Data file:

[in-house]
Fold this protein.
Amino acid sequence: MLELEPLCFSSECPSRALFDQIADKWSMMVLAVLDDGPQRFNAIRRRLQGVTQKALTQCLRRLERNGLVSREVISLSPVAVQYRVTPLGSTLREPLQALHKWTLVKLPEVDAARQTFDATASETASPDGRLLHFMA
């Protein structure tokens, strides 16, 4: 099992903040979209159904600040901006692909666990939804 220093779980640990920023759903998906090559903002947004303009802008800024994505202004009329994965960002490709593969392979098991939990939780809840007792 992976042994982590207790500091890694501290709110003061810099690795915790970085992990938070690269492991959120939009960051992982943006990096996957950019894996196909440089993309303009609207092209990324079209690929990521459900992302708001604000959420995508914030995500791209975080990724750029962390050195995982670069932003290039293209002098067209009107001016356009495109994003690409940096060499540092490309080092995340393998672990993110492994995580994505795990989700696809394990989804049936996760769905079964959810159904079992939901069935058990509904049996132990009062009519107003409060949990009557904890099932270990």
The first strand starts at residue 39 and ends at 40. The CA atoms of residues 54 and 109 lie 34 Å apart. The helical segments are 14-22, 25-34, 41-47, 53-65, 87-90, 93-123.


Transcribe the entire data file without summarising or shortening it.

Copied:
[in-house]
Fold this protein.
Amino acid sequence: MLELEPLCFSSECPSRALFDQIADKWSMMVLAVLDDGPQRFNAIRRRLQGVTQKALTQCLRRLERNGLVSREVISLSPVAVQYRVTPLGSTLREPLQALHKWTLVKLPEVDAARQTFDATASETASPDGRLLHFMA
């Protein structure tokens, strides 16, 4: 099992903040979209159904600040901006692909666990939804 220093779980640990920023759903998906090559903002947004303009802008800024994505202004009329994965960002490709593969392979098991939990939780809840007792 992976042994982590207790500091890694501290709110003061810099690795915790970085992990938070690269492991959120939009960051992982943006990096996957950019894996196909440089993309303009609207092209990324079209690929990521459900992302708001604000959420995508914030995500791209975080990724750029962390050195995982670069932003290039293209002098067209009107001016356009495109994003690409940096060499540092490309080092995340393998672990993110492994995580994505795990989700696809394990989804049936996760769905079964959810159904079992939901069935058990509904049996132990009062009519107003409060949990009557904890099932270990």
The first strand starts at residue 39 and ends at 40. The CA atoms of residues 54 and 109 lie 34 Å apart. The helical segments are 14-22, 25-34, 41-47, 53-65, 87-90, 93-123.